This is a transcript from an Abraham workshop that I typed out for my own edification, and I thought I’d share it:
Isn’t it nice when you realize that no matter where you are, that it is not the job of those surrounding you to feather your nest? It’s your job to pick from the details of what you are living, the things that are most pleasing to you. And as you have the opportunity with situations like that to find your alignment more and more, in time you find yourself frolicking freely wherever you are.
The annoyances of life, the inconsideration of other people, becomes a non-issue to you; for two reasons. First, you’ve learned to tune yourself apart from it by going general, and next, less of it is showing itself to you, because you are – by going general – and by reaching for your alignment with who you are, becoming more and more a vibrational match to the things that you do want, so it becomes a sort of cycle of well-being, where you feel good anyway, and then good things are shown to you, so it’s easier to feel good.
So then it’s easier and easier to feel good, because you’re attracting more and more of what does feel good, but you are not a prisoner to what’s going on around you. You are able to control the way you feel. People don’t have to behave in a certain way in order for you to feel good, so even under the most extreme, arduous, or unpleasant circumstances you’re still able to feel good.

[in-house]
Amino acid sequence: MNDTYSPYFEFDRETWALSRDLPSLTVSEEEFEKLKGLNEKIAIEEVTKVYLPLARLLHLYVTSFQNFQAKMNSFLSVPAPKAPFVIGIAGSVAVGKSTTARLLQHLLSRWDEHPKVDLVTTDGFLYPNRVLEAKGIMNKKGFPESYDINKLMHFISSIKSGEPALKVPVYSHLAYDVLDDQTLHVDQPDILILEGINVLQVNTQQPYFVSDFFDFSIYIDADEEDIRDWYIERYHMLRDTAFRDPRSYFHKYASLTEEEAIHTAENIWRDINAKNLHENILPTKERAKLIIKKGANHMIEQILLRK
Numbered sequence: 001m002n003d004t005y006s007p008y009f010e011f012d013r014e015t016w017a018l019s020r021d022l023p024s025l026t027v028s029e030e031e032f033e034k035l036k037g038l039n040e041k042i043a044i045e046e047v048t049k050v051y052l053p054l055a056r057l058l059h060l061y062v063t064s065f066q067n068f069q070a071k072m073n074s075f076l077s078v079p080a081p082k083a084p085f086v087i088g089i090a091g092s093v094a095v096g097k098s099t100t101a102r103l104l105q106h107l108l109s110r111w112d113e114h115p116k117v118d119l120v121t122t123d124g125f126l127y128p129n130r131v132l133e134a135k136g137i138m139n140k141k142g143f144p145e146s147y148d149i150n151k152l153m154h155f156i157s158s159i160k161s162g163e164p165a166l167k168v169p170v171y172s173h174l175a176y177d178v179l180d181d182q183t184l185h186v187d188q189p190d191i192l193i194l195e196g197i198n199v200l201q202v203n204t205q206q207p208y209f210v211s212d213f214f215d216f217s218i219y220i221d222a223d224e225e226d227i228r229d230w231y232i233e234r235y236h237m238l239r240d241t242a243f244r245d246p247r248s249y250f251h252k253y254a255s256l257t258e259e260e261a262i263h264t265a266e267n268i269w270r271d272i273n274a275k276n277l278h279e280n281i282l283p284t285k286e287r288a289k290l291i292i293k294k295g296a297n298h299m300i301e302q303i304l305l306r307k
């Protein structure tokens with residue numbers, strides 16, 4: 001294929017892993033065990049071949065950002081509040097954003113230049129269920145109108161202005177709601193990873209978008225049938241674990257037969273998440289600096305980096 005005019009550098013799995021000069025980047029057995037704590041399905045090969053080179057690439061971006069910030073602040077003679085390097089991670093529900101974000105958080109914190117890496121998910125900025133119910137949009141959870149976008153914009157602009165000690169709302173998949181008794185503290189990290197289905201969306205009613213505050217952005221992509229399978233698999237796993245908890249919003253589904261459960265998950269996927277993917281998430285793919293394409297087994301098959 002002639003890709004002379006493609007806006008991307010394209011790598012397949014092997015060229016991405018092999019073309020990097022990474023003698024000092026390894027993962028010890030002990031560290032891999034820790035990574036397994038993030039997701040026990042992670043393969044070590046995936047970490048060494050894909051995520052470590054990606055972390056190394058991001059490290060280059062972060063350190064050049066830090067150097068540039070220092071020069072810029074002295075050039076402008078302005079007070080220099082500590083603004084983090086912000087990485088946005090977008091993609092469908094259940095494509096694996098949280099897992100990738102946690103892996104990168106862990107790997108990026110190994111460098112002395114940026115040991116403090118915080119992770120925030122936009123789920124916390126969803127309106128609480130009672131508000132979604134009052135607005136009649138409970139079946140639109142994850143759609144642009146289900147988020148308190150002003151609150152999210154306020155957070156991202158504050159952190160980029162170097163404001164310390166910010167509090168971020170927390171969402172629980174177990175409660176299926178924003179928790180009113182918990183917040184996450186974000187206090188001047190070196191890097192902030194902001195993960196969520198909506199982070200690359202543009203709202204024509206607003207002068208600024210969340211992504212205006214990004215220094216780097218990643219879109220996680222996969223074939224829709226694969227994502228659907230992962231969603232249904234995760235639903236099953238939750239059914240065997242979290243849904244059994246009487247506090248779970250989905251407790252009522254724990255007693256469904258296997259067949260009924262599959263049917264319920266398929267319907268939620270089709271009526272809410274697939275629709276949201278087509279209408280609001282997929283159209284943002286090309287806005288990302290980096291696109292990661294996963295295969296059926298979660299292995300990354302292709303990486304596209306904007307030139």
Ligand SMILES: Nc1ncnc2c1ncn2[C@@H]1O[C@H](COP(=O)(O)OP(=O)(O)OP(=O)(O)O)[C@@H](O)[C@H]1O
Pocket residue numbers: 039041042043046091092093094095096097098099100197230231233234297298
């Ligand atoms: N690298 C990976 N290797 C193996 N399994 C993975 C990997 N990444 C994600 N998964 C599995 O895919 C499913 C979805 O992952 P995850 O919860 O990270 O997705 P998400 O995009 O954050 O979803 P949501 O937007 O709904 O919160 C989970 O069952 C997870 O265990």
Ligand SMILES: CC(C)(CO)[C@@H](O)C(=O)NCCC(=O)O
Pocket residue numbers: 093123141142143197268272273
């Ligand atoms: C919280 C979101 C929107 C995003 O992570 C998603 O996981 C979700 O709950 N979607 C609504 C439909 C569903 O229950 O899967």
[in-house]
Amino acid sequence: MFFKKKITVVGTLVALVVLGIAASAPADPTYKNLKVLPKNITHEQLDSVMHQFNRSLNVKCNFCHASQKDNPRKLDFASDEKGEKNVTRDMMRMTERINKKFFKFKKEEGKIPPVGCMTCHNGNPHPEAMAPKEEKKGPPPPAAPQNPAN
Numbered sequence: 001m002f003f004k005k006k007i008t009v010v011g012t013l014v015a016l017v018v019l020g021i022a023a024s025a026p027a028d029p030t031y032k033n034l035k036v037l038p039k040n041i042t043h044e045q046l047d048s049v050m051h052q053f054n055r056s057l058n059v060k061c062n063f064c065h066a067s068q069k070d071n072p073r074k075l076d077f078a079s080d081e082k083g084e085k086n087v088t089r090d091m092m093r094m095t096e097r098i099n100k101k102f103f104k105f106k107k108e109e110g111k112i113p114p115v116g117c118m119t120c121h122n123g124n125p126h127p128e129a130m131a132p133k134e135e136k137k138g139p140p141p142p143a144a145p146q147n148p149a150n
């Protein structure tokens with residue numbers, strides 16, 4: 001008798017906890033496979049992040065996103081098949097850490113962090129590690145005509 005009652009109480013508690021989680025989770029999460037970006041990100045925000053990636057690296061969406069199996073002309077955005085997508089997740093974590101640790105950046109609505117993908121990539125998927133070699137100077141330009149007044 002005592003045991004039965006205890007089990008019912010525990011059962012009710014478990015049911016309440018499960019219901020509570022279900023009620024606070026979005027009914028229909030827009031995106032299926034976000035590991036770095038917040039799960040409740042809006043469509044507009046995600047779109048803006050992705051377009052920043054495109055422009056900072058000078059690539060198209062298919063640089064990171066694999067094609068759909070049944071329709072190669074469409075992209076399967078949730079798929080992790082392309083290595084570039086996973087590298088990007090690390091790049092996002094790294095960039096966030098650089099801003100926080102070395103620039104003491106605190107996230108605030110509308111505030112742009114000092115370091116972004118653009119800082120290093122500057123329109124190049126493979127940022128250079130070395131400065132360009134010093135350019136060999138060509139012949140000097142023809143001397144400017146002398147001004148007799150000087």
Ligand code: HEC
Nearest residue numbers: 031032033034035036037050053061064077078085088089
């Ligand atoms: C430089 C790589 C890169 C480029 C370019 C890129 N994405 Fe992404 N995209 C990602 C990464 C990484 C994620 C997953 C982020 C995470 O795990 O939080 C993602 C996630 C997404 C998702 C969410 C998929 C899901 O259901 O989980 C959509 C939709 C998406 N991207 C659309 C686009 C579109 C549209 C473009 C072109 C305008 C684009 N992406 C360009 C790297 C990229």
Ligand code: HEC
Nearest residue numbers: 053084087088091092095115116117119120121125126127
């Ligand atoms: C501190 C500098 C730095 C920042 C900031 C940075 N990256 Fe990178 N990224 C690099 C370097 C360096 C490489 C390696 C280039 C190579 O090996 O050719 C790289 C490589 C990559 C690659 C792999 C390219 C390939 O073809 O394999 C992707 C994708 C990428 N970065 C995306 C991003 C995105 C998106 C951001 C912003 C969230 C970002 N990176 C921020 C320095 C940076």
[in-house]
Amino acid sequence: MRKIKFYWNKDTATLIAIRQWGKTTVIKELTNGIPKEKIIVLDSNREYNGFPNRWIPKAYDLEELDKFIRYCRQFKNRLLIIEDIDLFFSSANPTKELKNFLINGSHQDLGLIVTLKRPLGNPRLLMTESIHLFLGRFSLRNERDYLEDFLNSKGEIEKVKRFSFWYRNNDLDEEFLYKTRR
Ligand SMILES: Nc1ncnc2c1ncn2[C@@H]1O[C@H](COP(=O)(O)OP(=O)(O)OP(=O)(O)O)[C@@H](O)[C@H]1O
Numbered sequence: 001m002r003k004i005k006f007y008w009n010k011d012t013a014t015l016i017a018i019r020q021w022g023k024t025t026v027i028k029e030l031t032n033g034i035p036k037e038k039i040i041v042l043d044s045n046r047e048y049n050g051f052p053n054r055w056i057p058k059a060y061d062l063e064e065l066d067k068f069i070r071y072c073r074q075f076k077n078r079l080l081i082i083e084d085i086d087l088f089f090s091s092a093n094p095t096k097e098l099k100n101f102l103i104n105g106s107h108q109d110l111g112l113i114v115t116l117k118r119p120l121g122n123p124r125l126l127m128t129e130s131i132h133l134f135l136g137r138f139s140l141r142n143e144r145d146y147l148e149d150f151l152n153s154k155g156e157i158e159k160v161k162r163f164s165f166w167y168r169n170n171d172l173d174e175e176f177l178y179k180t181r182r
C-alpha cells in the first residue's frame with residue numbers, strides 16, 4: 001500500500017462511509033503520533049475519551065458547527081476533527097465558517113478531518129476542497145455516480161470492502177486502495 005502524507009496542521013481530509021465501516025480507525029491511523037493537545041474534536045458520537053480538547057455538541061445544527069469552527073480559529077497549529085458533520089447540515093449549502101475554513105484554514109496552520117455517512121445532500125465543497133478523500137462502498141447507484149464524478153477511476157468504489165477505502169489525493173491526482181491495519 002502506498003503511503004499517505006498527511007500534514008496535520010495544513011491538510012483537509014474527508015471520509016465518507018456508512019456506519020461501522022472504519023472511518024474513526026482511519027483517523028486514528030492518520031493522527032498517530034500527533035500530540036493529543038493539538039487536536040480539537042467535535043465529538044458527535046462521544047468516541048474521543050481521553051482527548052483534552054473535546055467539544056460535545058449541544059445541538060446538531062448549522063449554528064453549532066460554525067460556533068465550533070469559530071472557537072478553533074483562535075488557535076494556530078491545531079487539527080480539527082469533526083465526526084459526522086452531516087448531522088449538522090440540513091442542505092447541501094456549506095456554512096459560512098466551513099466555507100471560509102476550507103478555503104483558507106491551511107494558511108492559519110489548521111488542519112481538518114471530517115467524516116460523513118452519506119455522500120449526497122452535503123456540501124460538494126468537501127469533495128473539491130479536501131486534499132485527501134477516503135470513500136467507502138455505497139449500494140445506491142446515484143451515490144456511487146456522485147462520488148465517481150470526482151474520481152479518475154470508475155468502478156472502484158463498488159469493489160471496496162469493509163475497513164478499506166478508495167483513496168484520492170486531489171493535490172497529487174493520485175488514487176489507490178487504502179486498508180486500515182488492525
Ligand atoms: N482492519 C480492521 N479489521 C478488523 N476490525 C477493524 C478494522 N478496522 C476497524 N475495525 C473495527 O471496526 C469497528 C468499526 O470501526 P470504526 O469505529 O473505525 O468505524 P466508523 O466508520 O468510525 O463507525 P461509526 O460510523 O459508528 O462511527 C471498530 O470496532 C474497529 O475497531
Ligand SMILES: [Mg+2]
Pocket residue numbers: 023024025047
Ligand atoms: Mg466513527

Once you accomplish that, you are really going to finally, finally, finally feel your utter freedom. And what freedom is – freedom is – absence of resistance, but absence of resistance isn’t other people behaving. Absence of resistance is you learning how to tune yourself to what pleases you. It’s fun to figure that out. Sometimes, when people are behaving very nicely around you, you think, oh, this is what I want or need around me at all times. I want my mate to behave this way, or I want my children to behave this way, I want my co-workers to behave this way, I want people in my city to behave this way. But that’s a trap, isn’t it?